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Three Countries Show How Near a 100% Green Grid Is

Three Countries Show How Near a 100% Green Grid Is

Juan Cole

The aspiration for a 100% green electricity grid is no longer a dream. It is regularly being achieved in the real world for weeks or months on end. This development is absolutely crucial, since burning fossil fuels at the rate we are burning them is rapidly changing the climate in ways that seriously harm our quality of life.


If global warming is now “feeding on itself,” as some climate scientists believe, that means that it is now TOO LATE for a Green Revolution to “save” our species. I HOPE that they are wrong, but . . . .

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Ever since Saint Ron removed Carter’s photovoltaic panels from the White House roof when he ascended the throne in 1981 the US corporate establishment and politicians they own have fought against renewable energy while promoting fossil fuels.

For the subsequent two decades Japan and Germany lead renewable technology and application advancement.

The past decade has continued to see a patchwork of ever changing regulations, incentives and disincentives among the 50 states and among the hundreds of electric utilities, while much of the rest of the world advances renewable technology and application. With the coal miner continuing to be Trump’s poster child, expect continued promotion of fossil fuel and fighting against renewable power generation, especially generation not owned by the Kochs, Waltons or other corporations.


Enthusiasm for “green” energy has to be tempered by the significant undeniable impacts that all forms of energy generation have. While better than fossil fuels, RI is struggling with “solar farm” proposals that will replace hundreds of acres of woodland with industrial scale electricity generation, desired hydro import from Quebec faces obstacles siting transmission lines across wilderness areas plus the concern about their dams flooding natural areas, off-shore wind is coming in at 3 times the cost of conventional power, other wind farms have killed birds and bats, and all have impacts from manufacturing, assembly, transmission, maintenance, and disposal. Hype about “clean energy” undermines attempts to emphasize efficiency, conservation, and reducing demand thru slowing human population growth.


“Slowing human population growth” indeed, however, we lost that battle decades ago.

When I was in college nearly a half century ago zero population growth (ZPG) was widely discussed in classes and clubs, and we had an appropriate technology (AT) club that included the evaluation of social and environmental impacts of various technologies.

Just as the subsequent decade witnessed corporate propaganda turning Ralph Nader into a pariah, corporations, their media and politicians concurrently turned ZPG and AT into taboo topics. By the time Saint Ron ascended the throne in 1981 anybody discussing ZPG or AT was considered a heretic.


Progress toward a green grid is being made but not nearly fast enough to do much about global warming. It is not clear how the transition can be made rapidly enough given all the political, economic, and technological obstacles that need to be overcome. Further advancements in battery storage are needed. Despite all the efforts over the past few decades about 80% of all energy still comes from fossil fuels. It is now so late in dealing with this situation that world needs to be operating on an emergency basis to have any realistic chance of avoiding world wide catastrophic climate change.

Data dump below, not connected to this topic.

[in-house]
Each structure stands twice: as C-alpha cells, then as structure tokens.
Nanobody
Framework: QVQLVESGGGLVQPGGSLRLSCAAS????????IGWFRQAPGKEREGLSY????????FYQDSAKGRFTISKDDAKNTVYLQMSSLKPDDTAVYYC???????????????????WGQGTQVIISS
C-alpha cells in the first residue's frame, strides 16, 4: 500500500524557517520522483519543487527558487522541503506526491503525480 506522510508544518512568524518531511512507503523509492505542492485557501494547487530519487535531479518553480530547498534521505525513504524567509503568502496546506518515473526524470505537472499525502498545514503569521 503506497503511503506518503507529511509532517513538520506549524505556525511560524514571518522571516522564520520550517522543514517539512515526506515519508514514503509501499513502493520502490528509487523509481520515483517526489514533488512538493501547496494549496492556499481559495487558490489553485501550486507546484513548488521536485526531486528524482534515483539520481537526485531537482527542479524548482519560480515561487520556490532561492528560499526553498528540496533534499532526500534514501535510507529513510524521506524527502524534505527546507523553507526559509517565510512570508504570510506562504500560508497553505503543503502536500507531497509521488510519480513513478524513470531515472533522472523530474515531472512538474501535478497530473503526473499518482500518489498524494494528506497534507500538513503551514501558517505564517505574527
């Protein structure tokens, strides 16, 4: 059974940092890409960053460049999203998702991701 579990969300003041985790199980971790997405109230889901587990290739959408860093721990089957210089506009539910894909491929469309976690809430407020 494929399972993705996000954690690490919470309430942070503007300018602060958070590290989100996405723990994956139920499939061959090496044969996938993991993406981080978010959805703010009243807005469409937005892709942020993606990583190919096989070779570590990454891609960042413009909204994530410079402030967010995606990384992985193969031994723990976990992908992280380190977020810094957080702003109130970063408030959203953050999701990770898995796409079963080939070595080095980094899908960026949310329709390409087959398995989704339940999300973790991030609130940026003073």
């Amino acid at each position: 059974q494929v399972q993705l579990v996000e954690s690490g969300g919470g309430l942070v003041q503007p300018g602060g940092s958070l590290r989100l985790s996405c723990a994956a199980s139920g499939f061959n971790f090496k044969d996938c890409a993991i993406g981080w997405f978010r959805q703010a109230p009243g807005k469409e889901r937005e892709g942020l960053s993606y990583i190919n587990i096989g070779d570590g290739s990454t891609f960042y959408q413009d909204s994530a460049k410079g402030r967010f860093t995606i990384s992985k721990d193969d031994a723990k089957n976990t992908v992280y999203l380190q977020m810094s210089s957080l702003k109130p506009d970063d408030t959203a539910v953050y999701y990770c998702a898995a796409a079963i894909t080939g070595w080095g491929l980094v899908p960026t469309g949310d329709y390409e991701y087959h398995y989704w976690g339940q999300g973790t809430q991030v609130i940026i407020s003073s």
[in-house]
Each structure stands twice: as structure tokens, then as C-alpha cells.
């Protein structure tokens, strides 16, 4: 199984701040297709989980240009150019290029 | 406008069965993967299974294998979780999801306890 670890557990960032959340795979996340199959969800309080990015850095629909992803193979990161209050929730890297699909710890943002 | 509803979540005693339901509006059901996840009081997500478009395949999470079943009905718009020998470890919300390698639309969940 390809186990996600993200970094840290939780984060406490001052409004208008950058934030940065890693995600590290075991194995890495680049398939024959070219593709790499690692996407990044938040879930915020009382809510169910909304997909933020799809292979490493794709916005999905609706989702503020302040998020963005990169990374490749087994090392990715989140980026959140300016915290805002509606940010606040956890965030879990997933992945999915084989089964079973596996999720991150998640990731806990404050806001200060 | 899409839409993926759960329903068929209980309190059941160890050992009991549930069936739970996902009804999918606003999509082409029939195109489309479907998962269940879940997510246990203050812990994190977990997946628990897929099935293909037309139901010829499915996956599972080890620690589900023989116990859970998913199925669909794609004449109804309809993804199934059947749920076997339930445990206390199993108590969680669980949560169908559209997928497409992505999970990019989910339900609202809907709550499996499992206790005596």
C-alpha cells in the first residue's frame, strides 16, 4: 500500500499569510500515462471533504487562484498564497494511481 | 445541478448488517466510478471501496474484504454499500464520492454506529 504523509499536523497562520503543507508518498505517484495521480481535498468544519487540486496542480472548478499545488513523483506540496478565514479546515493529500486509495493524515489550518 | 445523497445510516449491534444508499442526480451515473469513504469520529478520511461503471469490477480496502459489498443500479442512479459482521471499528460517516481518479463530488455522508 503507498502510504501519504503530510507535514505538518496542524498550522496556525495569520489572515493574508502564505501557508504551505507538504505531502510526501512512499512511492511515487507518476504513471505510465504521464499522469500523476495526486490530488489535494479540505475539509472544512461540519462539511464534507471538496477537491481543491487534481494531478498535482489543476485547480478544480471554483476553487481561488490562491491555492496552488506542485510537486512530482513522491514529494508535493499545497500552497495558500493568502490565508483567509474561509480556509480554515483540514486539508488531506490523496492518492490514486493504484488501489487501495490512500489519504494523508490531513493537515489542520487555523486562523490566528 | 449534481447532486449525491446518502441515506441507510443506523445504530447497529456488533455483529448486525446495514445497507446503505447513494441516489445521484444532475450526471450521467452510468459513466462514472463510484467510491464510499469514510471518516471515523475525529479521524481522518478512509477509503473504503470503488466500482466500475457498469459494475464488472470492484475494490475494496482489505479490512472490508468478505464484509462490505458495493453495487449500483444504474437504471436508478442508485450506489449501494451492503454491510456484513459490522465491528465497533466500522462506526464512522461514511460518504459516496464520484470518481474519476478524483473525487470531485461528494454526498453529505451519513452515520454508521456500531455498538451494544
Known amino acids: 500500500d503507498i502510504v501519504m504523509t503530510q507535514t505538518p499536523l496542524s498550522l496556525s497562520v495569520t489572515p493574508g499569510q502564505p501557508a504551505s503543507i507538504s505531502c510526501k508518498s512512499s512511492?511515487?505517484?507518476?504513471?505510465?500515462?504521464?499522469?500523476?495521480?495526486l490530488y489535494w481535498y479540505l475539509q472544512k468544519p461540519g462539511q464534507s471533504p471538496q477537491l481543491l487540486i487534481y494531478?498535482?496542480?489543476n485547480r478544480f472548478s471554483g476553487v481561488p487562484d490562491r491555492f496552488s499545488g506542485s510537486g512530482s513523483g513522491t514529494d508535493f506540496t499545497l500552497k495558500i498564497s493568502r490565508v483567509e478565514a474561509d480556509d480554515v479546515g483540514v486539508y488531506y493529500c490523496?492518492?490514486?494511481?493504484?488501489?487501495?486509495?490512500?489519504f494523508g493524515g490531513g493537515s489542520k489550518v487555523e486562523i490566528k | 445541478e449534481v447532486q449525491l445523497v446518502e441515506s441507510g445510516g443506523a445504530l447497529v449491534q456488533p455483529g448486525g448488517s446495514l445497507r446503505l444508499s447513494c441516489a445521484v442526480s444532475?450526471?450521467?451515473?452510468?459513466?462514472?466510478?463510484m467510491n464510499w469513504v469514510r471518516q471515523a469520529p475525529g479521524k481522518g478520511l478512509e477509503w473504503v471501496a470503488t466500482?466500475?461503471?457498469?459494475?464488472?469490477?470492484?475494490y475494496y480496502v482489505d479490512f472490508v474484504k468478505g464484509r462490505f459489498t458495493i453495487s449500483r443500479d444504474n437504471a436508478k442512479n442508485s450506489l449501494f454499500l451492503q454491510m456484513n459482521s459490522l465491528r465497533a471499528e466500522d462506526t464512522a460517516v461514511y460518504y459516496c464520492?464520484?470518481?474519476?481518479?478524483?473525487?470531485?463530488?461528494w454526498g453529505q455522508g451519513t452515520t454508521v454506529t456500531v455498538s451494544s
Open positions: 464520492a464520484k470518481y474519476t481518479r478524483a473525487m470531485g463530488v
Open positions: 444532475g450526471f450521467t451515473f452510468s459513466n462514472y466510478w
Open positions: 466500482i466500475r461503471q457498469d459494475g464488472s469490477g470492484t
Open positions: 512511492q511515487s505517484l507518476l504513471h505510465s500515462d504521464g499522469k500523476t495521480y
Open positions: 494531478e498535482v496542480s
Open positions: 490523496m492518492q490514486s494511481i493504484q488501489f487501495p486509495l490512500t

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The transmission challenges will only grow as more dense populations push back on transmission lines running near them.

The solution is to reduce the need for high capacity transmission lines by encouraging more decentralized generation which includes but is not limited to rooftop solar.

I have had rooftop solar installed in 1979 with a bigger array installed in 2005. I have been fighting a running gun battle with state regulations and the local electrical utility for nearly four decades. They loath decentralized generation because they need to deal with many entities rather than one big supplier. I recognize that California, Hawaii, and perhaps a few other states have embraced decentralized generation (at least in a relative sense), most states and electric utilities have not embraced decentralized generation.

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Republicans will take us back to the 60’s when are rivers were on fire, fishing were dying, our air was so polluted flying into LA you could not see the city. It was the early stages of global climate change but we cleaned it up but we did not completely mend our ways. 1979 Jimmy Carter’s energy speech said we would be not dependent on oil by 2000. Ronnie RayGun became President and took off solar panels and started the demise of middle class, Clinton did some more heavy lifting to secure the demise of the middle class and then war for profit took over with Bush and Obama continued the policies. Clinton and Obama were not rich like the others but are now.

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The trouble is, there are large regions of the country - for example the mid-southeast and southern Appalachians and Ohio valley, where, by virtue of climate, availability wind and solar power is low. So “localism” will leave such areas either dependent of fossil generation or they will face major economic disadvantages.